Late in 2013, whilst the proceedings in the Kenyans case were at various stages of trial, the ICC went before the legislative arm of the Rome Statute seeking an amendment of the Rules of Procedure and Evidence. Suffering immense setbacks owing to withdrawal, non-cooperation and recantation of evidence by many witnesses, the court first attempted compulsion. However, coercing witnesses has its own setbacks, which the Prosecutor soon became keenly alive to. An amendment to Rule 68 meant that even if a witness withdraws, his prior recorded testimony would be used in proceedings. The reasons given by the Prosecutor were that witnesses had been coerced to recant evidence or withdraw from participating in proceedings, and that a number had even disappeared.
This was a most disingenuous explanation by the Prosecution. Many its witnesses had criminal records. In the Kenyatta case, many witnesses were members of Mungiki, a dreaded murderous gang of vicious organised criminals. They were bribed to give the evidence. It would follow then that from the first instance, these were unreliable fellows willing to testify to anything in exchange for the promise of money and a good life. But this never bothered the Prosecutor, who her witnesses as living martyrs and saints. But this attitude was not without consequence.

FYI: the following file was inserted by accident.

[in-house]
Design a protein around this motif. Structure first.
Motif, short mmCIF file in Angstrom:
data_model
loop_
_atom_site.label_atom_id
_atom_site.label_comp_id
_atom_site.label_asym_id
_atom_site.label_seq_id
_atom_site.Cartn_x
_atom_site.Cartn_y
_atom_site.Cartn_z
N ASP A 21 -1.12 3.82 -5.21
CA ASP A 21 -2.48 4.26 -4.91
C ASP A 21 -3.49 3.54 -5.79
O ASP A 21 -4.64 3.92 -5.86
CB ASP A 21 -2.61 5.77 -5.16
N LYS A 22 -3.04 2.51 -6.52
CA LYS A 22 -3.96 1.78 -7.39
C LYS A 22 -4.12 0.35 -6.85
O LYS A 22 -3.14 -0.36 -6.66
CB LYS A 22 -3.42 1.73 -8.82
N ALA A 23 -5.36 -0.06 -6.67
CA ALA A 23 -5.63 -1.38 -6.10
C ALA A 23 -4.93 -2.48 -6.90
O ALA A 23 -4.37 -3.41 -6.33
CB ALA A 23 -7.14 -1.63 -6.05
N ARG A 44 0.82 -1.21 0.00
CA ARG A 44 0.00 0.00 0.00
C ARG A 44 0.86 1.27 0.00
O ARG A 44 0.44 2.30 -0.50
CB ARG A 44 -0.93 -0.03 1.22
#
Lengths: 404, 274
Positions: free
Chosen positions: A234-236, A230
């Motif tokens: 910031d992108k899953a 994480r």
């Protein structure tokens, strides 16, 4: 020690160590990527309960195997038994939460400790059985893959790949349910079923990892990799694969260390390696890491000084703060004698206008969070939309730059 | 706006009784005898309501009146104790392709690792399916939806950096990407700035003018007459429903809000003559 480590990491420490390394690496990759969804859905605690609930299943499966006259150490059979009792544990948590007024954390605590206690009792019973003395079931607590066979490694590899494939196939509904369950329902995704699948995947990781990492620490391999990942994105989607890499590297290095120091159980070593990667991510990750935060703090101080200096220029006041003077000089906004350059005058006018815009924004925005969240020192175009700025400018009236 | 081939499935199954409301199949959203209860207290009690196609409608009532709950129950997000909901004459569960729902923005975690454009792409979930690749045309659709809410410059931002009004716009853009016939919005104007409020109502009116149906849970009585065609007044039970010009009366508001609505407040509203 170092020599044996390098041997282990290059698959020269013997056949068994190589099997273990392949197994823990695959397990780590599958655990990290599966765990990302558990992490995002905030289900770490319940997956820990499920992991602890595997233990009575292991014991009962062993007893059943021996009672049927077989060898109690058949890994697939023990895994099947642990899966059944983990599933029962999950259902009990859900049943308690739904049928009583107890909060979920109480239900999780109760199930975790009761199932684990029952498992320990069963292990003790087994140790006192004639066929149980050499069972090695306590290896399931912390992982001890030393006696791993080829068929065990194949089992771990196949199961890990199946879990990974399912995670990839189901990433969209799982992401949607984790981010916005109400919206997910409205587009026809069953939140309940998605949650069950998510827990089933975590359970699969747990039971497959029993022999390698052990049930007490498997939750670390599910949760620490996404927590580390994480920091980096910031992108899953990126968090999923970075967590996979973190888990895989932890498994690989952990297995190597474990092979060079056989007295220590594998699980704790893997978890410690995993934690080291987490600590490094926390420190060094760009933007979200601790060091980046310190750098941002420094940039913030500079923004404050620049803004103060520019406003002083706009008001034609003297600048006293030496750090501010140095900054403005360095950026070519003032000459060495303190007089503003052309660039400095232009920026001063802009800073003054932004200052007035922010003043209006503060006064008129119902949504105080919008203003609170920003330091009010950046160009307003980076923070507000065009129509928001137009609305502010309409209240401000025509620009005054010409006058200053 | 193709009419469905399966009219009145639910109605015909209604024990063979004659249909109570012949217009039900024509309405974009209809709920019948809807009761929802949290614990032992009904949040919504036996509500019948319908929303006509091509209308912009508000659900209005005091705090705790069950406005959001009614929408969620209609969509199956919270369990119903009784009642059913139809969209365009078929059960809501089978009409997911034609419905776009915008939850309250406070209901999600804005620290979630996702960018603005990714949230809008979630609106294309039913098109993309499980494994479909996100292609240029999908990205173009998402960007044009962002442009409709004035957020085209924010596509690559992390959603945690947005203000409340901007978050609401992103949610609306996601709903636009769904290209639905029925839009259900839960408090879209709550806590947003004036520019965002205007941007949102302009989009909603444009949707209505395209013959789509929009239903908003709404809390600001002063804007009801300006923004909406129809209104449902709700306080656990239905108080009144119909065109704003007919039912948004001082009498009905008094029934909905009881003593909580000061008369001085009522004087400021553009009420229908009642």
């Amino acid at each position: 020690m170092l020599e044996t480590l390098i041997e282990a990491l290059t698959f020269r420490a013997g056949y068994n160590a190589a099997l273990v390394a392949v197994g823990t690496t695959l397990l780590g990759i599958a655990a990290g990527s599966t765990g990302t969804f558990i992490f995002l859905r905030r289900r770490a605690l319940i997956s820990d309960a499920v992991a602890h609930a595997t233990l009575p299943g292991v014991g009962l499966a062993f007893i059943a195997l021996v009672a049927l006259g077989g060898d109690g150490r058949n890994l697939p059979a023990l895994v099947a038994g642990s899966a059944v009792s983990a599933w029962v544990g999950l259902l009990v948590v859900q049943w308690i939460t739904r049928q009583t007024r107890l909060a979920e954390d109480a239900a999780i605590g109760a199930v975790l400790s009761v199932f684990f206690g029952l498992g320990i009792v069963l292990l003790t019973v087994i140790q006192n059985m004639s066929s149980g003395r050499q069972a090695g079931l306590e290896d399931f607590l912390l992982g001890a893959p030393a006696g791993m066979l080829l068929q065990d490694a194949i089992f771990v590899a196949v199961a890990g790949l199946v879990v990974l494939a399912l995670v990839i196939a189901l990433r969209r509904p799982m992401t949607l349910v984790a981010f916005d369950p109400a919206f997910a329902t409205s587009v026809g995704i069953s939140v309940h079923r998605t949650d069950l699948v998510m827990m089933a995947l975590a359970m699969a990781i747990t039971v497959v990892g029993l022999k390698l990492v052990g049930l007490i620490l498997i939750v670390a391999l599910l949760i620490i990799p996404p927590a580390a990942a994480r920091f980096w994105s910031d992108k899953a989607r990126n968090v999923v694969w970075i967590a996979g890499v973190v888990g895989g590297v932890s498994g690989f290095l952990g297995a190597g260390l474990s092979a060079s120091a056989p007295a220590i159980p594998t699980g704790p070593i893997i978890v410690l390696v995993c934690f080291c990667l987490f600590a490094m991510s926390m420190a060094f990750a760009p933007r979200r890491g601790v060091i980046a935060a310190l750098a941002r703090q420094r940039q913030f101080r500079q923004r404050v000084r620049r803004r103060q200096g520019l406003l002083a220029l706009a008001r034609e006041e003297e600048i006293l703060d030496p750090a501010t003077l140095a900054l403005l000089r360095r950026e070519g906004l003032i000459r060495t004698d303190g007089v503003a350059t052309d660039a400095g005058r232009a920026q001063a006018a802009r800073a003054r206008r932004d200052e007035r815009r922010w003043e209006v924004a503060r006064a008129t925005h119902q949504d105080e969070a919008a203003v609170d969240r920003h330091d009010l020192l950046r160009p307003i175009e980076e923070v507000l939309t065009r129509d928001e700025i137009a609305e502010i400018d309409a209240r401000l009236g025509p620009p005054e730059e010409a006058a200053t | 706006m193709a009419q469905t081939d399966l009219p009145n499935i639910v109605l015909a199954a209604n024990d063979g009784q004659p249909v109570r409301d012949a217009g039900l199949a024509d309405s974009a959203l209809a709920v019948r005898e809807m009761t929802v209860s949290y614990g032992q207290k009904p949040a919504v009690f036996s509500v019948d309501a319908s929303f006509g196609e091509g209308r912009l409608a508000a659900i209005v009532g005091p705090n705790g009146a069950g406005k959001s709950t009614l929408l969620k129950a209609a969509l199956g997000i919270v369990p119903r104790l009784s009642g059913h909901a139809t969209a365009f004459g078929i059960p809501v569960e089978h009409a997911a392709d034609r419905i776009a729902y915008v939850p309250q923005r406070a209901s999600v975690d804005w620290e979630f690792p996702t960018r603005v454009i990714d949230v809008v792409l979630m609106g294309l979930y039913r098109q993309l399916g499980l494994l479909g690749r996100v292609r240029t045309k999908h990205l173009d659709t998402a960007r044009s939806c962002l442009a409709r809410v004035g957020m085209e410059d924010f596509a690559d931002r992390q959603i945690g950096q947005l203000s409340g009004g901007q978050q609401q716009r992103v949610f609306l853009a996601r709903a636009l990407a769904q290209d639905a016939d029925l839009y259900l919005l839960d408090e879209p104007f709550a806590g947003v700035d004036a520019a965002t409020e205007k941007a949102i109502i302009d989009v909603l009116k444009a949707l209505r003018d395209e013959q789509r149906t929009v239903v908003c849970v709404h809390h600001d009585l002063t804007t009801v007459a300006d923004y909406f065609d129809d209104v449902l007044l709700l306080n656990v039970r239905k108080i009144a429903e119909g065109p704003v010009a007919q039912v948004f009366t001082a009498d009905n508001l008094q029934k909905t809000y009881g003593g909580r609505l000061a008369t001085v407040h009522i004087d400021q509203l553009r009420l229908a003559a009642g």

As soon as the Prosecutor realised the weakness of her case and paucity of supporting evidence, she decided on a course of action. Not to seek leave to suspend proceedings, or to conduct fresh or further investigations. Instead, the Prosecutor resolved to have the defective evidence admitted . The amendment to Rule 68 was to give pliable judges legal basis to admit the evidence, and it was purely informed by the Kenya cases.
Against customary international international law and commonsense, the Prosecutor went before the chamber to seek the retroactive application of a rule introduces while that case was underway.This has given rise to the entire Rule 68 controversy.
Kenya’s request is concise, but it’s implications to the Prosecutor are devastating.
“The 14th Assembly decides and clarifies that rule 68 as amended by the 12th Session of the Assembly of State Parties (by resolution ICC-ASP/12/Res.7) has no retroactive applicability and cannot apply to situations commenced before the 27th November, 2013”